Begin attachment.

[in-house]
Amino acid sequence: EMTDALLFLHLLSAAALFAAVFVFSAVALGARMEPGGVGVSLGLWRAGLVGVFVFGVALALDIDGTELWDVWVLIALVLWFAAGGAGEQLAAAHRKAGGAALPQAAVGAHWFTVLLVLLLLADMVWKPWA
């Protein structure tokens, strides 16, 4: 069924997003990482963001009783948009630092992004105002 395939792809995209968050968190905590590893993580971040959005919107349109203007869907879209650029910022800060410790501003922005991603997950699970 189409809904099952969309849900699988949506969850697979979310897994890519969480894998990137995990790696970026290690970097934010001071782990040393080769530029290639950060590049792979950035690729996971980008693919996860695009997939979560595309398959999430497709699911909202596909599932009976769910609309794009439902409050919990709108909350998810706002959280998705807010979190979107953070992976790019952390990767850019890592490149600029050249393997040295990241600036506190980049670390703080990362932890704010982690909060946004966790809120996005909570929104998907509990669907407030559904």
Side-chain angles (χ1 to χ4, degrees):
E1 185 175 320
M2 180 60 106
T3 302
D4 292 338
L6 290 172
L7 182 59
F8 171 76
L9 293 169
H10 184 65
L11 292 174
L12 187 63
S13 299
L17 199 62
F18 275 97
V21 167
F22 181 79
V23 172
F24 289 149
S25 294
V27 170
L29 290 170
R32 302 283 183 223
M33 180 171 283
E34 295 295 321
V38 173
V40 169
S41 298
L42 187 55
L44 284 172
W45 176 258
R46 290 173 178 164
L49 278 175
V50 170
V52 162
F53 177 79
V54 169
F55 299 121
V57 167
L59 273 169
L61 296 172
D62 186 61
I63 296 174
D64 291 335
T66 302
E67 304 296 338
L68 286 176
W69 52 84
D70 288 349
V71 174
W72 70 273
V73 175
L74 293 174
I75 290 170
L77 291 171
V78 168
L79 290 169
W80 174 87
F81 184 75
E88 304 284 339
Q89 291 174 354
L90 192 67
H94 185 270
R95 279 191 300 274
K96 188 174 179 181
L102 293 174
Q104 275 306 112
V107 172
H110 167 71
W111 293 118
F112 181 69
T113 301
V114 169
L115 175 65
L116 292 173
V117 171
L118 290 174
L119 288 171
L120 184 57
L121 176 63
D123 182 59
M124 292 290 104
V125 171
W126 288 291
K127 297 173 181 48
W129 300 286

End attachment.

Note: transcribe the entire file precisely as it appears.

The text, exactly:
[in-house]
Amino acid sequence: EMTDALLFLHLLSAAALFAAVFVFSAVALGARMEPGGVGVSLGLWRAGLVGVFVFGVALALDIDGTELWDVWVLIALVLWFAAGGAGEQLAAAHRKAGGAALPQAAVGAHWFTVLLVLLLLADMVWKPWA
């Protein structure tokens, strides 16, 4: 069924997003990482963001009783948009630092992004105002 395939792809995209968050968190905590590893993580971040959005919107349109203007869907879209650029910022800060410790501003922005991603997950699970 189409809904099952969309849900699988949506969850697979979310897994890519969480894998990137995990790696970026290690970097934010001071782990040393080769530029290639950060590049792979950035690729996971980008693919996860695009997939979560595309398959999430497709699911909202596909599932009976769910609309794009439902409050919990709108909350998810706002959280998705807010979190979107953070992976790019952390990767850019890592490149600029050249393997040295990241600036506190980049670390703080990362932890704010982690909060946004966790809120996005909570929104998907509990669907407030559904």
Side-chain angles (χ1 to χ4, degrees):
E1 185 175 320
M2 180 60 106
T3 302
D4 292 338
L6 290 172
L7 182 59
F8 171 76
L9 293 169
H10 184 65
L11 292 174
L12 187 63
S13 299
L17 199 62
F18 275 97
V21 167
F22 181 79
V23 172
F24 289 149
S25 294
V27 170
L29 290 170
R32 302 283 183 223
M33 180 171 283
E34 295 295 321
V38 173
V40 169
S41 298
L42 187 55
L44 284 172
W45 176 258
R46 290 173 178 164
L49 278 175
V50 170
V52 162
F53 177 79
V54 169
F55 299 121
V57 167
L59 273 169
L61 296 172
D62 186 61
I63 296 174
D64 291 335
T66 302
E67 304 296 338
L68 286 176
W69 52 84
D70 288 349
V71 174
W72 70 273
V73 175
L74 293 174
I75 290 170
L77 291 171
V78 168
L79 290 169
W80 174 87
F81 184 75
E88 304 284 339
Q89 291 174 354
L90 192 67
H94 185 270
R95 279 191 300 274
K96 188 174 179 181
L102 293 174
Q104 275 306 112
V107 172
H110 167 71
W111 293 118
F112 181 69
T113 301
V114 169
L115 175 65
L116 292 173
V117 171
L118 290 174
L119 288 171
L120 184 57
L121 176 63
D123 182 59
M124 292 290 104
V125 171
W126 288 291
K127 297 173 181 48
W129 300 286